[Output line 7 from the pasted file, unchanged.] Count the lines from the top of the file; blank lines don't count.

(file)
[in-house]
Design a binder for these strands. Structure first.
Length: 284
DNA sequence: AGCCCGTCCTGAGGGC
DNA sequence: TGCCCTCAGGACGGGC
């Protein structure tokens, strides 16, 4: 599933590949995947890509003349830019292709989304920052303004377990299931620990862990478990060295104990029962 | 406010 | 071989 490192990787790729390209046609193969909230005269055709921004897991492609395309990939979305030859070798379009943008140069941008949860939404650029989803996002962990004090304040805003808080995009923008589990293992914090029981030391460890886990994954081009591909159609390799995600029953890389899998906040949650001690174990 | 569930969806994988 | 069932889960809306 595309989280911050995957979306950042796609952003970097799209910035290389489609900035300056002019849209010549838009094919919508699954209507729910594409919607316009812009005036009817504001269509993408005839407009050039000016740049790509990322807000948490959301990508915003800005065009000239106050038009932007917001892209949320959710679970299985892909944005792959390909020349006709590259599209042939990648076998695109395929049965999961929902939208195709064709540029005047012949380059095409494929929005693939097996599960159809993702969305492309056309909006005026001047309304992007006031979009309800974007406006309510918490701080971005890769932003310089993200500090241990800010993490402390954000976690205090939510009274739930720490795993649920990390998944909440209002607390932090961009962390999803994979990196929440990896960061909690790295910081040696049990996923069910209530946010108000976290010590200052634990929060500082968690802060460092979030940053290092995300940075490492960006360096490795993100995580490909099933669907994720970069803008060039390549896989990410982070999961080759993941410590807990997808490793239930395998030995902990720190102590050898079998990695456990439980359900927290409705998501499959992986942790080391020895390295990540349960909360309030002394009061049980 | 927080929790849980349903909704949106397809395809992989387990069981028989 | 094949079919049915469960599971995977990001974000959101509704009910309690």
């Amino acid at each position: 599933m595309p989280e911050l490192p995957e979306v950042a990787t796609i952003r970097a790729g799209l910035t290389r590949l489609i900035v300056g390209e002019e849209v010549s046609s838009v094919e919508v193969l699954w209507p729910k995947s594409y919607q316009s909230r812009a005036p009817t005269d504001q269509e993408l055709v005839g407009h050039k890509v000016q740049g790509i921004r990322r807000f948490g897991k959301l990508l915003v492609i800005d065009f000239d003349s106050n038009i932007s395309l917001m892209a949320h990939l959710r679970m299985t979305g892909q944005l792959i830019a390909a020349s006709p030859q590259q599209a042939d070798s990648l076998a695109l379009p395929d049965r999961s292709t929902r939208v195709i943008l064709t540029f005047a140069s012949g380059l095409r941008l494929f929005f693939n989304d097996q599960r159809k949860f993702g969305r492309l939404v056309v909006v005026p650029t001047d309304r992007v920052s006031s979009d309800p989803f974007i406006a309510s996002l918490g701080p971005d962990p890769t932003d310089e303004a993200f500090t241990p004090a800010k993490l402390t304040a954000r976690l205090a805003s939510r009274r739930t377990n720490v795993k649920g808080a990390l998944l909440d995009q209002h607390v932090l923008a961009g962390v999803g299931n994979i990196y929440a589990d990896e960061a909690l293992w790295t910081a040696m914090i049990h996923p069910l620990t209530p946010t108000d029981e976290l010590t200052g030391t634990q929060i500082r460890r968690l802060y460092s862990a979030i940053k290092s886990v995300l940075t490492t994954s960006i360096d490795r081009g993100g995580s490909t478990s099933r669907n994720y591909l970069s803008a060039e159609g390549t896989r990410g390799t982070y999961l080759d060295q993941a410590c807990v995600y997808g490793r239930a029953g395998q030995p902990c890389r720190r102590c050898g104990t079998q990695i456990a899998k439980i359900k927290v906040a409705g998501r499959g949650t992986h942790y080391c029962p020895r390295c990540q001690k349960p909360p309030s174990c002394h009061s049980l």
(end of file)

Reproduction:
């Amino acid at each position: 599933m595309p989280e911050l490192p995957e979306v950042a990787t796609i952003r970097a790729g799209l910035t290389r590949l489609i900035v300056g390209e002019e849209v010549s046609s838009v094919e919508v193969l699954w209507p729910k995947s594409y919607q316009s909230r812009a005036p009817t005269d504001q269509e993408l055709v005839g407009h050039k890509v000016q740049g790509i921004r990322r807000f948490g897991k959301l990508l915003v492609i800005d065009f000239d003349s106050n038009i932007s395309l917001m892209a949320h990939l959710r679970m299985t979305g892909q944005l792959i830019a390909a020349s006709p030859q590259q599209a042939d070798s990648l076998a695109l379009p395929d049965r999961s292709t929902r939208v195709i943008l064709t540029f005047a140069s012949g380059l095409r941008l494929f929005f693939n989304d097996q599960r159809k949860f993702g969305r492309l939404v056309v909006v005026p650029t001047d309304r992007v920052s006031s979009d309800p989803f974007i406006a309510s996002l918490g701080p971005d962990p890769t932003d310089e303004a993200f500090t241990p004090a800010k993490l402390t304040a954000r976690l205090a805003s939510r009274r739930t377990n720490v795993k649920g808080a990390l998944l909440d995009q209002h607390v932090l923008a961009g962390v999803g299931n994979i990196y929440a589990d990896e960061a909690l293992w790295t910081a040696m914090i049990h996923p069910l620990t209530p946010t108000d029981e976290l010590t200052g030391t634990q929060i500082r460890r968690l802060y460092s862990a979030i940053k290092s886990v995300l940075t490492t994954s960006i360096d490795r081009g993100g995580s490909t478990s099933r669907n994720y591909l970069s803008a060039e159609g390549t896989r990410g390799t982070y999961l080759d060295q993941a410590c807990v995600y997808g490793r239930a029953g395998q030995p902990c890389r720190r102590c050898g104990t079998q990695i456990a899998k439980i359900k927290v906040a409705g998501r499959g949650t992986h942790y080391c029962p020895r390295c990540q001690k349960p909360p309030s174990c002394h009061s049980l």